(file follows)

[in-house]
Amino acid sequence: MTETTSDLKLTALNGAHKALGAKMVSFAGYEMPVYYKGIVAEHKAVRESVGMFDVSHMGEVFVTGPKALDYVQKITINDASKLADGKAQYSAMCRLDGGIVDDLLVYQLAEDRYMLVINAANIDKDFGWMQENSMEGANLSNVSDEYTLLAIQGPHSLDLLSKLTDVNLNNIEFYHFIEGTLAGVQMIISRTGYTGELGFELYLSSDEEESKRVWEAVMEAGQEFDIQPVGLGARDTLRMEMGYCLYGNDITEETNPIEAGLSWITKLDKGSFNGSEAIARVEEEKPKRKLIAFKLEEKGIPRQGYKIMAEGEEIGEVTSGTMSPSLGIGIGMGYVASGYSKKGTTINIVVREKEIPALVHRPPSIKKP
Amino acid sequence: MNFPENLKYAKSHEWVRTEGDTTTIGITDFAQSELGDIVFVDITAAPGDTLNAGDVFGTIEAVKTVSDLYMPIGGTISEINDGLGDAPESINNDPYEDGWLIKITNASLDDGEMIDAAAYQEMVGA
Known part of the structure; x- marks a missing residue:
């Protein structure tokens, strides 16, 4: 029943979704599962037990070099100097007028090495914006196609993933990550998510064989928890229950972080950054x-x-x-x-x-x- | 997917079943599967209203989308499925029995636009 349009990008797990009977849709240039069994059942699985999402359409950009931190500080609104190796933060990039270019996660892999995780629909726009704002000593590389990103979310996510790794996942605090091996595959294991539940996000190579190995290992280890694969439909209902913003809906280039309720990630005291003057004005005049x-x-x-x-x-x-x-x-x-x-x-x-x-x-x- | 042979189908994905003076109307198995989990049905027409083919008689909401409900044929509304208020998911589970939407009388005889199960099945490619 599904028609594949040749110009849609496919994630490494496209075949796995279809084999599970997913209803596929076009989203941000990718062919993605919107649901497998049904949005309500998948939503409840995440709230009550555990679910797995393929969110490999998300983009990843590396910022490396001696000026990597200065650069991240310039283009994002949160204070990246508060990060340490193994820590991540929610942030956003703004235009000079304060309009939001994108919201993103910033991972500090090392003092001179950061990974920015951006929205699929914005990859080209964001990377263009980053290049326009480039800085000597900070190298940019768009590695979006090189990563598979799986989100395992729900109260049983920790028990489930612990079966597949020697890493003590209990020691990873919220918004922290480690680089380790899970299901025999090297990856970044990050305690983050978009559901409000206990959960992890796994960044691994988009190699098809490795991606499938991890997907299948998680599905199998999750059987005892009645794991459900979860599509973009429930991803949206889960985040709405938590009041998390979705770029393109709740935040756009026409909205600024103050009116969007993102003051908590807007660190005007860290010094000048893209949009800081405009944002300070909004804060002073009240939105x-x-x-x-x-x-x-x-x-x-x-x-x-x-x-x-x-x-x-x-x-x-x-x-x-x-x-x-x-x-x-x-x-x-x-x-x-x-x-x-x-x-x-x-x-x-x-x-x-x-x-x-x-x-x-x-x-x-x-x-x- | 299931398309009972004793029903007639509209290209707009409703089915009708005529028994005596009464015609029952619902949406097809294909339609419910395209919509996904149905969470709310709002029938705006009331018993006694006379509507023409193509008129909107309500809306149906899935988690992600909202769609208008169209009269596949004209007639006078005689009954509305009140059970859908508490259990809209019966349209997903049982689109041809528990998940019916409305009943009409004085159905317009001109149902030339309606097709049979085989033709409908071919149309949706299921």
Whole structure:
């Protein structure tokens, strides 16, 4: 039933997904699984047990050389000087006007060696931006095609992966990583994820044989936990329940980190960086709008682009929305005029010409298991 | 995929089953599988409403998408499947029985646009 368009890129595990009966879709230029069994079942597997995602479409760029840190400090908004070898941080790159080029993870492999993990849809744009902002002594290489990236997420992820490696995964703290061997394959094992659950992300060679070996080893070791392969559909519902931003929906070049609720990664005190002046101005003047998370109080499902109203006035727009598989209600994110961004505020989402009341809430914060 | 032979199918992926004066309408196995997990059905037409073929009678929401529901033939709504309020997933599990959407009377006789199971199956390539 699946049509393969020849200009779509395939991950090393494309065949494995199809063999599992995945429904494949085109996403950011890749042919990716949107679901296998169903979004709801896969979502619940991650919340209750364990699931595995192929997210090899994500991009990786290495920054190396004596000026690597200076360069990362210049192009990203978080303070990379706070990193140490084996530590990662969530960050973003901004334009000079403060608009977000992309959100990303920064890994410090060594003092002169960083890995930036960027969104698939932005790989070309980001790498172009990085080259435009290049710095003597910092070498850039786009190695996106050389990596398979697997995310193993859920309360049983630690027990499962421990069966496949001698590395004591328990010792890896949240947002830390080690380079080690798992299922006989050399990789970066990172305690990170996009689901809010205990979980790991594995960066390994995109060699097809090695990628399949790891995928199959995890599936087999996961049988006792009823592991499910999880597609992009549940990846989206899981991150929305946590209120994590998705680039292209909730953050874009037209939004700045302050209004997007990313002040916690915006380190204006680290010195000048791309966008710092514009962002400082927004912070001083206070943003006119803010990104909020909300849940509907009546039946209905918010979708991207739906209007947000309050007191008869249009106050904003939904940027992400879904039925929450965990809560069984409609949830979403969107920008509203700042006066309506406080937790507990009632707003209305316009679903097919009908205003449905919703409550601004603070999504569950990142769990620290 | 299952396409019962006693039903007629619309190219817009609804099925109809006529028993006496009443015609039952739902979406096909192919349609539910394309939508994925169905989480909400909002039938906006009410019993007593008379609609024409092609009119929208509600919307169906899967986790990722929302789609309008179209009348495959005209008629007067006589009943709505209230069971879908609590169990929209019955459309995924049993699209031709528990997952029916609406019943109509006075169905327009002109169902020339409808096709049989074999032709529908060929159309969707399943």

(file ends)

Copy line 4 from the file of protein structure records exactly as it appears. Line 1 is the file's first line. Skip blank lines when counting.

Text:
Known part of the structure; x- marks a missing residue: